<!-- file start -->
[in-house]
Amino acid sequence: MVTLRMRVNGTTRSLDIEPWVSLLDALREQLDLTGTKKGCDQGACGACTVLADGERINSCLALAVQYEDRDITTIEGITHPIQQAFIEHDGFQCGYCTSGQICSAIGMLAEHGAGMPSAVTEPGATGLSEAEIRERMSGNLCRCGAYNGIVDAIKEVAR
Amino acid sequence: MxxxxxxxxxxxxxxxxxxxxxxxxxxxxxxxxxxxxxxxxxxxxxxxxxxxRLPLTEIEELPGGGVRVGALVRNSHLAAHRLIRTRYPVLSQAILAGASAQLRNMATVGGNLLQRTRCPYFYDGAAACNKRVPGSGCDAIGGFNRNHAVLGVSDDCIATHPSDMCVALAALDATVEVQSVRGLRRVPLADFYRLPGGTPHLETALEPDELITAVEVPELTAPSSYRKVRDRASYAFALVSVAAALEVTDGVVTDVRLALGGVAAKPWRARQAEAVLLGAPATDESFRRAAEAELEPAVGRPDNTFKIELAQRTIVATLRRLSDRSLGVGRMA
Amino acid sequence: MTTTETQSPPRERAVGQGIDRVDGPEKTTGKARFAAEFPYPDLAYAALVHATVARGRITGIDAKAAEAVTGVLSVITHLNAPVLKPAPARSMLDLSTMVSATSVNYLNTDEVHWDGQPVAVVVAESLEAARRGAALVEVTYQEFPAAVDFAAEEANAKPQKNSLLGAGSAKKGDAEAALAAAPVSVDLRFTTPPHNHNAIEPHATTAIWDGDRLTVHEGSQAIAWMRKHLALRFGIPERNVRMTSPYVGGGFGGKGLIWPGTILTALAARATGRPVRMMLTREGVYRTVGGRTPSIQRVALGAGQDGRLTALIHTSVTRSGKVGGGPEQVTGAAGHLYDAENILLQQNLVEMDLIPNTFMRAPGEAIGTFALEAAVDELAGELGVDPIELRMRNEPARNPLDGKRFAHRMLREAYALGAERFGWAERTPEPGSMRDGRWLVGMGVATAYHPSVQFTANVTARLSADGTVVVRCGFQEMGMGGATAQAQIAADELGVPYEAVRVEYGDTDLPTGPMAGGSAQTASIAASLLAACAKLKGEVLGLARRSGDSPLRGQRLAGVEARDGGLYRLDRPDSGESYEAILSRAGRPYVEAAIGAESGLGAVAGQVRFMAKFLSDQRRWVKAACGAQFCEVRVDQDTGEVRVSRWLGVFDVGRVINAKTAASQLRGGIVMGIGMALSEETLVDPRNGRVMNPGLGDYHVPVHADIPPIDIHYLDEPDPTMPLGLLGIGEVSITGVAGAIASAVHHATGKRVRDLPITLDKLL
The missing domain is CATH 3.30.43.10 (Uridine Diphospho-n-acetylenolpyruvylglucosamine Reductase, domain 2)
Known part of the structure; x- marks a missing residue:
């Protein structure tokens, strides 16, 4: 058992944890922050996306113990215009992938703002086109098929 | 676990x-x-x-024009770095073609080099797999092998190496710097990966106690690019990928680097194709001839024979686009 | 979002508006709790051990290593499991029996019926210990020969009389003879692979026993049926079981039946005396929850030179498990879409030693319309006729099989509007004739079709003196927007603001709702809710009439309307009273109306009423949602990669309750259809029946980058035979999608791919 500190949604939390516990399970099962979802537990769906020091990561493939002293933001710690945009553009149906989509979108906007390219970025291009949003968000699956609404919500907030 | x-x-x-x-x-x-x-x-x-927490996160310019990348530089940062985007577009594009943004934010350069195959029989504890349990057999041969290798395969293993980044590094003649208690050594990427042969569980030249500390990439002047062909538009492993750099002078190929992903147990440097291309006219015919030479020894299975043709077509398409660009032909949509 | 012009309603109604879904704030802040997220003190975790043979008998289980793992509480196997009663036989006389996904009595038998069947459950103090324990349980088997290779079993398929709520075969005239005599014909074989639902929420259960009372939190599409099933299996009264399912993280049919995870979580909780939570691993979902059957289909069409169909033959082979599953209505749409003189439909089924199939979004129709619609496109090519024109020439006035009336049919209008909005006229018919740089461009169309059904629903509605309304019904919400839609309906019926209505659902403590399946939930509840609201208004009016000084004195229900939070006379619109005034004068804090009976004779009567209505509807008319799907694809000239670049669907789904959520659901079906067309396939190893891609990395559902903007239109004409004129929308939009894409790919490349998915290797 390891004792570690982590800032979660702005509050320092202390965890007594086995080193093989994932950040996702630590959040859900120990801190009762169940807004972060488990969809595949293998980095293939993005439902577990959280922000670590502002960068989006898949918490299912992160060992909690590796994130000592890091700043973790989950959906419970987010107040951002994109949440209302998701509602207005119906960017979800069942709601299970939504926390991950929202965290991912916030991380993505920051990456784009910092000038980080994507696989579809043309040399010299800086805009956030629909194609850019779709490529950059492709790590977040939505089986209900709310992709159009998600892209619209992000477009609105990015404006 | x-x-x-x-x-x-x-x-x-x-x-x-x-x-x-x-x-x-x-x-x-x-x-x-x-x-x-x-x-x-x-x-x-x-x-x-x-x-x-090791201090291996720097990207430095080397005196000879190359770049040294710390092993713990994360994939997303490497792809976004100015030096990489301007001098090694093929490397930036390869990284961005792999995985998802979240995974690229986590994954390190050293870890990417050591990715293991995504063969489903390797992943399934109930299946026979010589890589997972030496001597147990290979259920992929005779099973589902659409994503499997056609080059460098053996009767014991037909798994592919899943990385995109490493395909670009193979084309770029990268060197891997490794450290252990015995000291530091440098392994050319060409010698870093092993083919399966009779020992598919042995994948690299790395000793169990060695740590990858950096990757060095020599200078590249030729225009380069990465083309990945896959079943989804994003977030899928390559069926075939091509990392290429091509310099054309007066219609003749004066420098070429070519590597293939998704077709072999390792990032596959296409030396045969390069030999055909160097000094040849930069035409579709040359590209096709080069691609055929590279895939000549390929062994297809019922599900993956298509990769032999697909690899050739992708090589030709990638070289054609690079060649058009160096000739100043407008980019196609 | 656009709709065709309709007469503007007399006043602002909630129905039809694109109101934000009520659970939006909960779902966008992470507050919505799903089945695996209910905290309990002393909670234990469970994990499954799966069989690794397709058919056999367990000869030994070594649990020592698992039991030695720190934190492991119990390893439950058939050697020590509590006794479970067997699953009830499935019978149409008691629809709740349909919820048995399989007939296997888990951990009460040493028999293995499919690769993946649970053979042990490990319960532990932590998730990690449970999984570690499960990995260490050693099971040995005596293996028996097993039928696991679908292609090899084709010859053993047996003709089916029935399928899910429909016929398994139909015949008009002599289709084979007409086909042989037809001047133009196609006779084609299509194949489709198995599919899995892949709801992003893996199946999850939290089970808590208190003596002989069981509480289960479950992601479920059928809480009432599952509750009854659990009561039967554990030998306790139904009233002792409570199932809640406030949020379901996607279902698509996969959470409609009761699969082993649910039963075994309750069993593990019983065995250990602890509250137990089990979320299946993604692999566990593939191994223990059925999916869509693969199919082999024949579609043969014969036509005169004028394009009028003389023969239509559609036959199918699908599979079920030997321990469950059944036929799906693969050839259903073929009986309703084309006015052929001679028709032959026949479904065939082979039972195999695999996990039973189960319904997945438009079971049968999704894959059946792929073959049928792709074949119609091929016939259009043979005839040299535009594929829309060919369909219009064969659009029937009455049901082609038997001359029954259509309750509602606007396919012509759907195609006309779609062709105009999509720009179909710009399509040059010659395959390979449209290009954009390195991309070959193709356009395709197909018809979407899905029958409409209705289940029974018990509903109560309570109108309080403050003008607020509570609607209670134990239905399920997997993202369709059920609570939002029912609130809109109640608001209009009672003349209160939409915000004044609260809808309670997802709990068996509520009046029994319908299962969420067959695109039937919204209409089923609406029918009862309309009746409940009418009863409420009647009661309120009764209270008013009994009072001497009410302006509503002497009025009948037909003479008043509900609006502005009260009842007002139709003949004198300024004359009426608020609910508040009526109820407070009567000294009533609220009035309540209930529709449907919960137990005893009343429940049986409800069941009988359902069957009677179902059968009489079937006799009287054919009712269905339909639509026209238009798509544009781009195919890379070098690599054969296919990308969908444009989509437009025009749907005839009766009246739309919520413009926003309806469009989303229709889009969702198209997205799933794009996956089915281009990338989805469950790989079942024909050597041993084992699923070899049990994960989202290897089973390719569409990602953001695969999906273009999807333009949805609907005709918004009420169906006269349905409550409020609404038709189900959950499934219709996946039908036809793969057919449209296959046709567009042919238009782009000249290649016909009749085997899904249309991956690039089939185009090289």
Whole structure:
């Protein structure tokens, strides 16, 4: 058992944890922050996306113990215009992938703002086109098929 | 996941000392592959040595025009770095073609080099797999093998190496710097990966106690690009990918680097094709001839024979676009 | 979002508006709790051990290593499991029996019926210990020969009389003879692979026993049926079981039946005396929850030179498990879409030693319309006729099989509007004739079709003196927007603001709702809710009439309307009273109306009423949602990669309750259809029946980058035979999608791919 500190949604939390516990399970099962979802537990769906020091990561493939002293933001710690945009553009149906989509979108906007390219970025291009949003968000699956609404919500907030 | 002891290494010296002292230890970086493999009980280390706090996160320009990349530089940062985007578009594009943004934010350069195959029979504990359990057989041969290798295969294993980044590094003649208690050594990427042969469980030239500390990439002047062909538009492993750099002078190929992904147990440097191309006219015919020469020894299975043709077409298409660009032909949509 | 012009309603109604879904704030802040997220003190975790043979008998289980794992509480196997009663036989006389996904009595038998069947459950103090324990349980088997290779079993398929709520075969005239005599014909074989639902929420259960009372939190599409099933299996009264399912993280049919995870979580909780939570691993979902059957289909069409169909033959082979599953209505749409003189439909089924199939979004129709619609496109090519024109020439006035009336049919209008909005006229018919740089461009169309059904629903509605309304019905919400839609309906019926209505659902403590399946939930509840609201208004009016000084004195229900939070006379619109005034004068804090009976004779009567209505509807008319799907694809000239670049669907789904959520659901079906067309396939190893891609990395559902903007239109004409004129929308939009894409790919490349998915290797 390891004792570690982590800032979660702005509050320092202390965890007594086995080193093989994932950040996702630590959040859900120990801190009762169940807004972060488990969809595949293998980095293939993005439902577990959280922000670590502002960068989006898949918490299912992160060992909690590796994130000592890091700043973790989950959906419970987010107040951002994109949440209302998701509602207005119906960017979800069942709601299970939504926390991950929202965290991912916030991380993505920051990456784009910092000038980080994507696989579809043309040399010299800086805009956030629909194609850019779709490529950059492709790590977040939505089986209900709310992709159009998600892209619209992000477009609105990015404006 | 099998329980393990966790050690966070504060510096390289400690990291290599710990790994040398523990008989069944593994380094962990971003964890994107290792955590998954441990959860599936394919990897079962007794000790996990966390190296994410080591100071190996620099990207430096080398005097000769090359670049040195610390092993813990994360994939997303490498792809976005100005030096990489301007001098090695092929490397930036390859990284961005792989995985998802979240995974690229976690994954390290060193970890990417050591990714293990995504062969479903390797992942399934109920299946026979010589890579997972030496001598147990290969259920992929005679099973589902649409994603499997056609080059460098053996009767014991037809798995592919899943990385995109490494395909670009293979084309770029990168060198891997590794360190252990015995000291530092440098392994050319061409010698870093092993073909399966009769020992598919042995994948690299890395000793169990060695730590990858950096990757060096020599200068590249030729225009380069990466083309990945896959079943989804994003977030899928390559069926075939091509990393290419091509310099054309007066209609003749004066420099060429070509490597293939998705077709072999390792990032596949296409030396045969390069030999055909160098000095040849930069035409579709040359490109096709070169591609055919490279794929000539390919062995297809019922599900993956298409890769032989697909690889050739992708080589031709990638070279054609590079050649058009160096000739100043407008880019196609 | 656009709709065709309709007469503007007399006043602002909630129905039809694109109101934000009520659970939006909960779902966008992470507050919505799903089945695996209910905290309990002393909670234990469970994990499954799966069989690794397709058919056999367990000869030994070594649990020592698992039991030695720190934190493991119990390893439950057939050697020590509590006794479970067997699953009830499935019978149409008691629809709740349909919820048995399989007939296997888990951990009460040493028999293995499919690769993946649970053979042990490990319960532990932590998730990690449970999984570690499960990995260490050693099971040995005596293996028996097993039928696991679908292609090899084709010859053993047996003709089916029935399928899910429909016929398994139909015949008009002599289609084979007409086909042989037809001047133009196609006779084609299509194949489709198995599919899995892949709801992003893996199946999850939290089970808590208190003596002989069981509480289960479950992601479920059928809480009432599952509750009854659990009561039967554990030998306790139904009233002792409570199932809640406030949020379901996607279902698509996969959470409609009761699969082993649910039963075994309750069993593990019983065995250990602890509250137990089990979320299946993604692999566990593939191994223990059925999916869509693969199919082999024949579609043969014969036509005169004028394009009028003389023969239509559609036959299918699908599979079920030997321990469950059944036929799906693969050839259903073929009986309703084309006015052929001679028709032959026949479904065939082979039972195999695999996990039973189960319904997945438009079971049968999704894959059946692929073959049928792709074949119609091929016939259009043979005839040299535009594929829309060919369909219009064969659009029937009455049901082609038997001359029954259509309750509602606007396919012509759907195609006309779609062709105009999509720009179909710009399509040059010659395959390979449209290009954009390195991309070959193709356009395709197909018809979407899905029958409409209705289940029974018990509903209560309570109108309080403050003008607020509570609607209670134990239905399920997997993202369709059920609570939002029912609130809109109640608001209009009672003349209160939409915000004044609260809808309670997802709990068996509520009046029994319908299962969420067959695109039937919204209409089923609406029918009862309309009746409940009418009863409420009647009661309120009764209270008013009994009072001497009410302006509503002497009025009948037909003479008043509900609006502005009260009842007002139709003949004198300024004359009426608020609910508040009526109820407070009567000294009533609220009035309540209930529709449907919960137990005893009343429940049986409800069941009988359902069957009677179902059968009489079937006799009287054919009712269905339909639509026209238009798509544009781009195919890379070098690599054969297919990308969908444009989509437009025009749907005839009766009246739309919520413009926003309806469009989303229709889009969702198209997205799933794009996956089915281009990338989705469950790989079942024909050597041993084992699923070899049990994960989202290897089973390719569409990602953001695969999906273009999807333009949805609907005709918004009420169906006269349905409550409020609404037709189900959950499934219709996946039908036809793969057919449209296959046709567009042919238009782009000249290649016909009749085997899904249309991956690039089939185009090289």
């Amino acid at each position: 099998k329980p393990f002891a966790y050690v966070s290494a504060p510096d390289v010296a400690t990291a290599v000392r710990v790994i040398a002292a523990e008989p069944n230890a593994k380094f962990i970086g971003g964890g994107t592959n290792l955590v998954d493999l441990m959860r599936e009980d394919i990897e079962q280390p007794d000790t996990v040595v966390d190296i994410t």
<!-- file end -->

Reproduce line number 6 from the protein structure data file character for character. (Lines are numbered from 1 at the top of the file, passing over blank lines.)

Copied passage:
Known part of the structure; x- marks a missing residue: